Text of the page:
Susquehanna Traditions, symbolized by the ginkgo tree which grows on our campus, is a comprehensive approach to the transition from being a member of the student body to being a member of the alumni body. Susquehanna Traditions seeks to increase understanding and awareness of the university’s mission, history and traditions; and achieve greater student and alumni connections, institutional pride, and lifelong commitments to the university.
About the Ginkgo
Our Family Tree, More Than Meets the Nose
The mere mention of a ginkgo tree can evoke memories of the undesirable scent produced by the seeds that seasonally dot the walkways of campus. But there is far more to this tree than meets the nose. Its longevity and resilience mirrors the strength of the Susquehanna community, and as such, could easily be called our family tree.
Branches of the Same Tree, Ever Reaching, Forever Supported
From their broad trunks to the tips of their delicate fan-shaped leaves, the Ginkgo represents the growth of each Susquehannan who passes through the hallowed halls of this great institution. Like the ginkgoes that line our campus, first-year students come to us as mere seedlings ready for planting and cultivation. As a body of learners, they grow to become individual branches of the same tree, ever reaching and forever supported by the foundation of a Susquehanna education. And just as the veins of each ginkgo leaf spread out from their stem, Susquehannans are forever connected to one another through a common mission.
Grounded in a Timeless Mission, Evolving to Meet a Changing World
Ginkgo, a unique species of trees with no close living relatives, is one of the oldest trees still growing on the planet. Its fossil history dates as far back as the Permian and Lower Jurassic Period, and by the Paleocene, the genus was reduced to a single species, Ginkgo adiantoides. Today, the genus is represented by the widely-cultivated Chinese species Ginkgo biloba, which produces leaves virtually indistinguishable from its ancient ancestor. Like the Ginkgo, Susquehanna has evolved over time, creating distinctive programs in response to an ever-changing world. Yet it has stayed true to its timeless mission of preparing students to achieve, lead and serve in a diverse, interconnected world. Its heritage continues to be reflected in the free and open exploration of ideas in a diverse community of teachers and learners committed to service and the development of individual talents.
Like the Ginkgo
Ginkgo biloba, or maidenhair tree, has been known to live for 1,000 years or more. A very hardy tree, the Ginkgo is highly resistant to damage from pollution, fungi or pests. It can survive freezing temperatures, drought conditions and heavy rainfall. As you might expect, Susquehanna has also faced its share of obstacles in its long history, but it has weathered every storm with fortitude and resolve, confident in the faith and support of its extended family.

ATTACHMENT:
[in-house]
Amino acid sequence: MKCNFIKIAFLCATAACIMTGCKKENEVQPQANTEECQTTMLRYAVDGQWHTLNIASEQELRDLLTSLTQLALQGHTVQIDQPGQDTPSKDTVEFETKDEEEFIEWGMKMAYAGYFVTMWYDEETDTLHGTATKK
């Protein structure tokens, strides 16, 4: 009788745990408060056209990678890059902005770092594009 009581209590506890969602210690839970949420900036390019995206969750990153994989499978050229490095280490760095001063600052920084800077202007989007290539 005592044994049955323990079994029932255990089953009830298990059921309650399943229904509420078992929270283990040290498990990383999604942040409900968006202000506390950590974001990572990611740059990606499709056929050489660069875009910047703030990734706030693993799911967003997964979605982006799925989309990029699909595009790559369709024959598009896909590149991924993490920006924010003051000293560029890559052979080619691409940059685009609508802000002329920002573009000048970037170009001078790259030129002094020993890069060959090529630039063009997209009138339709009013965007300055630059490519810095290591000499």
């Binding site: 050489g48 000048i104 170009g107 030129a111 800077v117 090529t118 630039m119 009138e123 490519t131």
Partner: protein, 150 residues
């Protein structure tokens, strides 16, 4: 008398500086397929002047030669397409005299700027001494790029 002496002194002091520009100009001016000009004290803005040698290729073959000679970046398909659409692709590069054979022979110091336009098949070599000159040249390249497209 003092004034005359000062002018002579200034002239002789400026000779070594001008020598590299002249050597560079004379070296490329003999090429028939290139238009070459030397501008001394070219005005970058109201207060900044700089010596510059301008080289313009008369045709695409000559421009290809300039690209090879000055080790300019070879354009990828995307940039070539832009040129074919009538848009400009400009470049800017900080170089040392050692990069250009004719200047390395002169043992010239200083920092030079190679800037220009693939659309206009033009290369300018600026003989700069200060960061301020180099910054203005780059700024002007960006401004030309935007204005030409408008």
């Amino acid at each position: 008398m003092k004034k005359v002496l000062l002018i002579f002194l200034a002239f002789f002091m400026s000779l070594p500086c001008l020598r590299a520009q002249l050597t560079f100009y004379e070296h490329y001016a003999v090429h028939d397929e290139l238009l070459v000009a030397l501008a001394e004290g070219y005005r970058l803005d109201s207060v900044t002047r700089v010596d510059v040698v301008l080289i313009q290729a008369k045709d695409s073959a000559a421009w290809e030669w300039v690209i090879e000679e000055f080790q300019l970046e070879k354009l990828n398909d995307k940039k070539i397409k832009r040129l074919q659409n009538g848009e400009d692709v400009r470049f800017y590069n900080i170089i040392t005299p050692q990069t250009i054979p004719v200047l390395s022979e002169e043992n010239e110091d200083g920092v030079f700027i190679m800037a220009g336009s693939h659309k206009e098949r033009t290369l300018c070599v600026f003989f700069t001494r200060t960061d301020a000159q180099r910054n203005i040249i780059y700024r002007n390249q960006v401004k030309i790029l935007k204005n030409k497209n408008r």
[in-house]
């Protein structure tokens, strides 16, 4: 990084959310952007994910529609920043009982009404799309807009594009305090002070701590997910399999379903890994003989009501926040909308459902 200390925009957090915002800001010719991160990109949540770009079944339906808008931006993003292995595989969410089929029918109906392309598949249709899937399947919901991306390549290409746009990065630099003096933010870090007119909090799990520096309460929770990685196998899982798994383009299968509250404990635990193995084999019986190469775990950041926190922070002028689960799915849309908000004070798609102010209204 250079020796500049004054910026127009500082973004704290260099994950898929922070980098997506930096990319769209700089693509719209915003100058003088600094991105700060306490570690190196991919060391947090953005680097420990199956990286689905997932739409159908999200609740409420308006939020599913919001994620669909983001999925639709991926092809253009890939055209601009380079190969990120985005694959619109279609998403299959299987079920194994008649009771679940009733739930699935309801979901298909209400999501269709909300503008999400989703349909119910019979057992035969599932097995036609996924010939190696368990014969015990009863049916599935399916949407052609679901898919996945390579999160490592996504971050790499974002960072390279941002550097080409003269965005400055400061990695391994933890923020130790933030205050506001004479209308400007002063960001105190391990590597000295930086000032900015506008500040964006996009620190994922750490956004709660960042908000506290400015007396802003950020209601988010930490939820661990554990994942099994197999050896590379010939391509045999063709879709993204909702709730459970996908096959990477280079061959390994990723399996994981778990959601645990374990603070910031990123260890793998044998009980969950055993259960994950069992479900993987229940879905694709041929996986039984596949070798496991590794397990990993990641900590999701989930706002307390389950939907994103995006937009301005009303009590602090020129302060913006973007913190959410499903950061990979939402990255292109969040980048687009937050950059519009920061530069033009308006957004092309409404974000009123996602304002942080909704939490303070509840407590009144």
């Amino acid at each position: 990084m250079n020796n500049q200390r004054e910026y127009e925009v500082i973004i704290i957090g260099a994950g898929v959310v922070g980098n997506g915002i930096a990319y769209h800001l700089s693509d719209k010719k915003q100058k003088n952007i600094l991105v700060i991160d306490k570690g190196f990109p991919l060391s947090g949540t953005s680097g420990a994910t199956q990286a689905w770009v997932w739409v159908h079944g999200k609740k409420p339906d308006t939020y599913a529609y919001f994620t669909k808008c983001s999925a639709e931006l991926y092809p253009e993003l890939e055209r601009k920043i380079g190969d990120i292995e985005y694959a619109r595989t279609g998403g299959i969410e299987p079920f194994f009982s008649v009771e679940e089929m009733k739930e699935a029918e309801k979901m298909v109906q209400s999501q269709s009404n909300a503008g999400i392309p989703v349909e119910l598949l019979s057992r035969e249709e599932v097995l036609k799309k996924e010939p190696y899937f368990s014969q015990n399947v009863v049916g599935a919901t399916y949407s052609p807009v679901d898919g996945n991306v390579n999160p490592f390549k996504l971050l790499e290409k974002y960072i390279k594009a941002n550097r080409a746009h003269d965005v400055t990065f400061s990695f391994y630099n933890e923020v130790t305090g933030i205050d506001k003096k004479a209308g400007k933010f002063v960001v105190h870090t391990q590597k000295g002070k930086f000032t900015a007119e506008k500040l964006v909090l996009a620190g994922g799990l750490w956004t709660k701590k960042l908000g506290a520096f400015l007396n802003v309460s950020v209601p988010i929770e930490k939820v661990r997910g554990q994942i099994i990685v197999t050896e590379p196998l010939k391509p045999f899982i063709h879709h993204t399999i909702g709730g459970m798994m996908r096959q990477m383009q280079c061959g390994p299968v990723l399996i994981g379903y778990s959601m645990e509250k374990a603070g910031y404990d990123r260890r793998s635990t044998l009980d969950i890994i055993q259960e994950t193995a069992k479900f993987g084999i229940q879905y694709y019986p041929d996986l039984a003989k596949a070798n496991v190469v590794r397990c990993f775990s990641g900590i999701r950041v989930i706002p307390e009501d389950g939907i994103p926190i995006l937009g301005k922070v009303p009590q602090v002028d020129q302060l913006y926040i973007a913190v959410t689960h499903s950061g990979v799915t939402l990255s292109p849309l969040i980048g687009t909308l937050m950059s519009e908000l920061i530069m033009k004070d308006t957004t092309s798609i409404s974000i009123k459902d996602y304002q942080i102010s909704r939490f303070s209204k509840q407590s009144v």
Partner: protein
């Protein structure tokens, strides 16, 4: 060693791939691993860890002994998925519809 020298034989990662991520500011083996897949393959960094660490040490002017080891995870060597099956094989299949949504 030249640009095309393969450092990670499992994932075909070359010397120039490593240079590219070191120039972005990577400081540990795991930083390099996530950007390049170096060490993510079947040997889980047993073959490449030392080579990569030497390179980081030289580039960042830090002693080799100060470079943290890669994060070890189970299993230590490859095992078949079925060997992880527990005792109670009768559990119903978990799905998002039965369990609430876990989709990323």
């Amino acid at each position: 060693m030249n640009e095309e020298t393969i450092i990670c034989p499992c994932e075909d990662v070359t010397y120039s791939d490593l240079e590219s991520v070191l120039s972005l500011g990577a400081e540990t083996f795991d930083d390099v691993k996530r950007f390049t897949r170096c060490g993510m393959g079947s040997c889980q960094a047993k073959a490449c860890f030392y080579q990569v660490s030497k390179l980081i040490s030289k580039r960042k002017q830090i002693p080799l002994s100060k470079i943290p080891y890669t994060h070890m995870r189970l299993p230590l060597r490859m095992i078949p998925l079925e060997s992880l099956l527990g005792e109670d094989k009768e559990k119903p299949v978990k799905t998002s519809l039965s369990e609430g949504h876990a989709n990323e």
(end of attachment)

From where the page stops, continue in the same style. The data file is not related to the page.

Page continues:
Flourishing With Steadfast Care
Despite their hardiness, the Ginkgo was once thought to be extinct, and it probably would have been if not for the Buddhist monks of northern China—and later Japan—who have cultivated the trees in temple gardens since at least 1100 AD. As the Ginkgo was cultivated by the monks of China and Japan so, too, is the Susquehanna experience nurtured by our alumni, parents, faculty and staff, and like the Ginkgo, Susquehanna blossoms with their steadfast care.
A Shared Mission to Collectively Change the World
In the East, the Ginkgo is considered a symbol of longevity, hope, resilience and peace. Along with being valued for their beauty, the trees are thought to provide protection from fire— a belief that dates back to the Tokyo earthquake of 1923 when several ginkgoes survived the resulting fire and saved a temple they surrounded. The ginkgo tree is considered “the bearer of hope” in Japan. Here at Susquehanna, we see each passing generation as a symbol of hope. Like the Ginkgo, each class helps renew hope in the potential to collectively change the world through acts of achievement, leadership and service.
Reaching for Each New Opportunity
Susquehanna graduates leave campus ready to apply their liberal arts education and professional training to the world’s challenges. Much like the branches of the Ginkgo stretch toward the sky, these young men and women embark on life’s journey prepared to grow and change as they reach for each new opportunity.
This Place for a Lifetime
Although they leave our hallowed halls to make their way in the world, students-turned alumni are assured a lasting place in the Susquehanna family, that long maroon and orange lineage that grows stronger with each new student and each passing year. Regardless of how high or how far they fly from Susquehanna, they are rooted in this place and its people through shared experiences and the lifelong connections they make here.